Shaftec utilises FlexRay communication technology

Shaftec utilises FlexRay communication technology

Shaftec believes that to ensure a growing and sustainable independent aftermarket, knowledge is power, education is key and investment in research and development is paramount. Thus, it uses FlexRay.

In 2023 technology continues to advance at pace. This not only concerns the vehicles and powertrains, but also aftermarket parts themselves, which must be adapted to meet the ever-changing communication needs of a world striving for continuously improved automotive performance. FlexRay, the next generation automotive communication protocol, is used by Shaftec to future-proof its parts and benefit its customers.

FlexRay is an electrical communication technology that is used to enable high-speed and fault tolerant data exchange between different ECUs in a vehicle. It is an evolution, not a revolution, and has evolved so that parts can synchronise to share data and communicate with a vehicle, delivering performance.

CAN (Controller Area Network) is currently used in most vehicles on the roads today, and in the past, this provided a powerful enough ‘bandwidth’ for the parts and vehicle to communicate. A communication protocol CAN FD (Flexible Data Rate) was introduced and is used by some to try and bridge the gap between CAN and FlexRay.

As technology has progressed, however, more VMs have moved over to FlexRay, which allows intercommunication of all electronic parts via a car’s own mini ‘ethernet’. The aim of each protocol is the same: to provide a connection between the components and the vehicle, so everything works in tandem.

Akin to moving from dial-up to fibre-optic broadband

  • CAN could be compared to an old dial-up connection or 3G. With a low data transfer rate of up to 1Mbps, it can be unstable, unreliable and moves data slowly
  • CAN FD can be viewed as the next step-up – broadband or 4G – which is better, more reliable, and stable and moves data faster. With data transfer speeds of up to 8Mbps, it provides more flexible data frame formats, allowing more efficient use of the available bandwidth. From a technical viewpoint, CAN FD allows for data frames of 64 bytes compared to the 8 bytes limit of CAN, which reduces the number of messages
  • And then there’s FlexRay, which can be looked at as the equivalent to fibre optic broadband or 5G. With a data transfer rate of 10 Mbps, it’s far more stable, reliable and moves data much faster. This greater bandwidth results in greater control over safety systems and management of all components, which is critical with the constant expanding technologies in cars and their components. FlexRay also offers built in redundancy, meaning it can use two separate communication channels to transmit data. If one channel fails, the other channel can continue to transmit data. CAN does not have this functionality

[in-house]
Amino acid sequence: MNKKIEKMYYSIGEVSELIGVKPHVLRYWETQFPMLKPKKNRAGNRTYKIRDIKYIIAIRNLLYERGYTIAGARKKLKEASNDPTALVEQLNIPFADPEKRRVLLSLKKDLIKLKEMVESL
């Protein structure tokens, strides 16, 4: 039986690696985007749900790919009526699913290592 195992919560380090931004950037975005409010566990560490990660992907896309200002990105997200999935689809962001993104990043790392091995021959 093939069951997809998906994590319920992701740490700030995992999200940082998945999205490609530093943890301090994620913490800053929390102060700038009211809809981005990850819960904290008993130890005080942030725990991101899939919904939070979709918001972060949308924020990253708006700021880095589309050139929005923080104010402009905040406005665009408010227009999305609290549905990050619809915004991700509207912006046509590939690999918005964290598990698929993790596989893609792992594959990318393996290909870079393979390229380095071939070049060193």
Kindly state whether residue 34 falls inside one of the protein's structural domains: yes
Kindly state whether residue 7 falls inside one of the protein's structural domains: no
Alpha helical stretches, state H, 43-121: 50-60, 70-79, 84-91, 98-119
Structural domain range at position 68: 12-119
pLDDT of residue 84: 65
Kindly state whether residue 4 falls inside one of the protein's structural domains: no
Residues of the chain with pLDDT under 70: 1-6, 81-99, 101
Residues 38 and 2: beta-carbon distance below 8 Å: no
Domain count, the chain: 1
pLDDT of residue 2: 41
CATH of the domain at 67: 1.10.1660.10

Data transmitted within a specific time window

FlexRay uses a time-triggered protocol to ensure that all ECUs receive information at the same time and synchronise. This makes FlexRay important in safety-critical applications where timing is critical, such as ADAS and autonomous driving.

Shaftec FlexRay 2

Another example is where FlexRay protocols are used to send data from a steering wheel angle sensor to an ESC system to assist with vehicle stability.

Shaftec Operations Manager, Andrew Ferber, said: “With VMs using this technology on an increasing number of vehicles, at Shaftec we’ve long understood that aftermarket growth was inevitable.

“We’ve been working on this project for many years, which has required a massive amount of work into research and development, as well as greatly expanding the physical space being used within our facility to accommodate for the differing technologies in steering.

“We made the decision not to use the bridging technology protocol, CAN FD, but rather move straight to FlexRay, as CAN FD is not reversely compatible with traditional CAN systems. Where the two need to be used in the same system, a protocol converter needs to be used.

“Now, at Shaftec, we can read electrical steering racks and electrical steering pumps when they come in – as core or as a surcharge unit in return – before the remanufacturing process starts, and ensure the finished, fully remanufactured parts are compliant and able to use FlexRay communication technology when they leave us. This enables reliable fitment without coming into electronic blockers.”

The Shaftec FlexRay process

  • The core unit is visually inspected, checked for conformity to criteria and ID matched to OE numbers, manufacture dates and casting numbers
  • It is then connected to the test bench and powered up to establish communications
  • An automotive diagnostics tool is connected
  • The unit will then have operational parameters and the following internal information checked: voltages, amps, speed sensor type and functionality, torque sensor functionality, vehicle speed, position sensors, angle sensors, codings, software ID, hardware ID, diagnostics
  • If present, all DTCs are retrieved to assess the reasons why it was removed and to determine if a repair is required or not

For more information about Shaftec, click here.

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